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Stoker's Garage, Kirkland, Kendal, Cumbria- Desk-based Assessment, Evaluation and Photographic Recording Report

Clapperton, Kelly (2007) Stoker's Garage, Kirkland, Kendal, Cumbria- Desk-based Assessment, Evaluation and Photographic Recording Report. [Client Report] (Unpublished)

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In September 2006 Oxford Archaeology North (OA North) were commissioned by LAG Prichard Architects to undertake an archaeological desk-based assessment and evaluation ahead of the development of a medical facility at the former Stoker’s Garage Site, Kendal (NGR SD 5160 9203; planning ref SL/06/0197). During the desk-based assessment a 500m radius study area was analysed for archaeological sites. Ten medieval sites were identified, including the Church of the Holy Trinity (Site 6) and Castle Howe Motte and Bailey (Site 15), together with another eight sites dating to the post-medieval period (Section 4). A regression of historical cartographic sources, including early editions of the Ordnance Survey, suggested that the proposed development site had been inhabited from the medieval period, and was located within one of the oldest areas of Kendal (Section 4.1). OA North, therefore, undertook a phase of intrusive groundworks, excavating four trenches across the site to identify any earlier archaeological remains that may have survived below the modern garage.
The results of the evaluation indicated that any features pre-dating the garage had been truncated by twentieth-century development. Following removal of rubbly overburden, all four trenches revealed various water-worn natural gravels, suggesting that an earlier water-course ran across the site. A short stretch of sandstone wall, undated but likely to be eighteenth-century in origin, if not older, comprised the only feature of archaeological significance. The majority of finds recovered from the site date to the later nineteenth and twentieth century, although the discovery of one fragment of eighteenth-century lead-glazed pottery is likely to relate to the earlier post-medieval occupation of the site, revealed by the desk-based assessment.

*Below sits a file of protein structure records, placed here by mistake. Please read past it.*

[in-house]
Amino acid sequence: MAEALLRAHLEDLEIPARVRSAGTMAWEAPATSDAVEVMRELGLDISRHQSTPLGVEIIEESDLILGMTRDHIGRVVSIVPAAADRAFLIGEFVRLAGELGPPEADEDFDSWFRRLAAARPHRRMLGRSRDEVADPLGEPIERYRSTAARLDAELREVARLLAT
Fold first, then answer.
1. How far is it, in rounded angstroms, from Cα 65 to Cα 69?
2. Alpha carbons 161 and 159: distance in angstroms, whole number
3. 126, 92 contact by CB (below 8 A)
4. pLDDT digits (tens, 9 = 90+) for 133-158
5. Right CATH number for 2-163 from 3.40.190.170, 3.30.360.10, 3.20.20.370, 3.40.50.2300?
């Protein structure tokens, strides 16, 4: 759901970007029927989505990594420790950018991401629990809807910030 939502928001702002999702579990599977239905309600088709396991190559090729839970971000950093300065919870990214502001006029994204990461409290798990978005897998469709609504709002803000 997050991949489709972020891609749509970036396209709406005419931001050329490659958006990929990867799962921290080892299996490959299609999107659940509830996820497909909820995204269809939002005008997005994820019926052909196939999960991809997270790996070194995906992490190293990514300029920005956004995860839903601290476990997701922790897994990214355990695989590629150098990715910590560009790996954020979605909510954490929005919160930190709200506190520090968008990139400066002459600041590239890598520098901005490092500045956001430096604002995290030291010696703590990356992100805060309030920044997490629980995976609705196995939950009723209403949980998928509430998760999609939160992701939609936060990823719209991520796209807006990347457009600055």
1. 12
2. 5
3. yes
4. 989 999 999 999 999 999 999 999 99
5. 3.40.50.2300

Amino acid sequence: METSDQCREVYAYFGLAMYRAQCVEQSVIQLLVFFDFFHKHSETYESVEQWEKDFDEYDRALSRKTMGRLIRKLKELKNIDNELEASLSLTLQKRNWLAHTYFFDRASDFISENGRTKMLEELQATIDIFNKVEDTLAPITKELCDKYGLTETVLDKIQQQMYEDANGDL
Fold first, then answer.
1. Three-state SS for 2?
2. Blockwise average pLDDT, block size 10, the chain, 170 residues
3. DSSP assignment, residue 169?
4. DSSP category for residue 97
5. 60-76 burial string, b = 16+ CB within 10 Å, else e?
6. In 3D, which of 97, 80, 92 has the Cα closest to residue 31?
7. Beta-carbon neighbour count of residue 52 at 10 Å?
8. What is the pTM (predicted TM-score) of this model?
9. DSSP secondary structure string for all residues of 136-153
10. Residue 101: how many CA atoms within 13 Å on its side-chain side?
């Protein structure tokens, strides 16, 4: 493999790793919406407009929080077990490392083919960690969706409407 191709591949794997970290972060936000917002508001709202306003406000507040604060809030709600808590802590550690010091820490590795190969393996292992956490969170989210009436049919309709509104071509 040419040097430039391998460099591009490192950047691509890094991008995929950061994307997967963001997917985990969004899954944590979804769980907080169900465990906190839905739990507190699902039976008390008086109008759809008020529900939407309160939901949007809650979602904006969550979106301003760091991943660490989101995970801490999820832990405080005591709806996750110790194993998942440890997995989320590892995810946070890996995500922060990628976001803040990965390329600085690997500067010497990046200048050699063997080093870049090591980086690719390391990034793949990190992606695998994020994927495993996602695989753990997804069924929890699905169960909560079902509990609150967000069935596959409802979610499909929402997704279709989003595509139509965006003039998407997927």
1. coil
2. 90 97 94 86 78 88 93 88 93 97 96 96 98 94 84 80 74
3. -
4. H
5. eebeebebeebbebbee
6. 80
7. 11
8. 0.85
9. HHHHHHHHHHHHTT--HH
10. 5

Following a site visit, CCCHES requested that a programme of photographic recording be undertaken on the remains of the rear wall of the site, which survived on a series of terraces. Subsequent to the approval of a second project design, the work was undertaken in February 2007 and identified that the rear wall had been built and modified on a number of occasions, with the lower sections relating to the 1920s Crabtree and Co garage. However, the upper elements represented parts of an older boundary wall marking the rear of the Kirkland burgages and which continued to the north along the steep slope which had otherwise been terraced at the present development site. Surviving features included perpendicular wall stubs demarcating the old burgage divisions, and blocked arches relating to entrances accessing the back alley that formerly ran to the rear of the site.
As such, this wall represents the only surviving feature of any archaeological importance on the site and, as long this is avoided during construction works, the development will have no significant impact on the archaeological resource.

Item Type: Client Report
Subjects: Geographical Areas > English Counties > Cumbria
Period > UK Periods > Modern 1901 - present
Period > UK Periods > Post Medieval 1540 - 1901 AD
Divisions: Oxford Archaeology North
Depositing User: Users 15 not found.
Date Deposited: 11 Feb 2015 14:05
Last Modified: 25 May 2023 10:53
URI: http://eprints.oxfordarchaeology.com/id/eprint/2434

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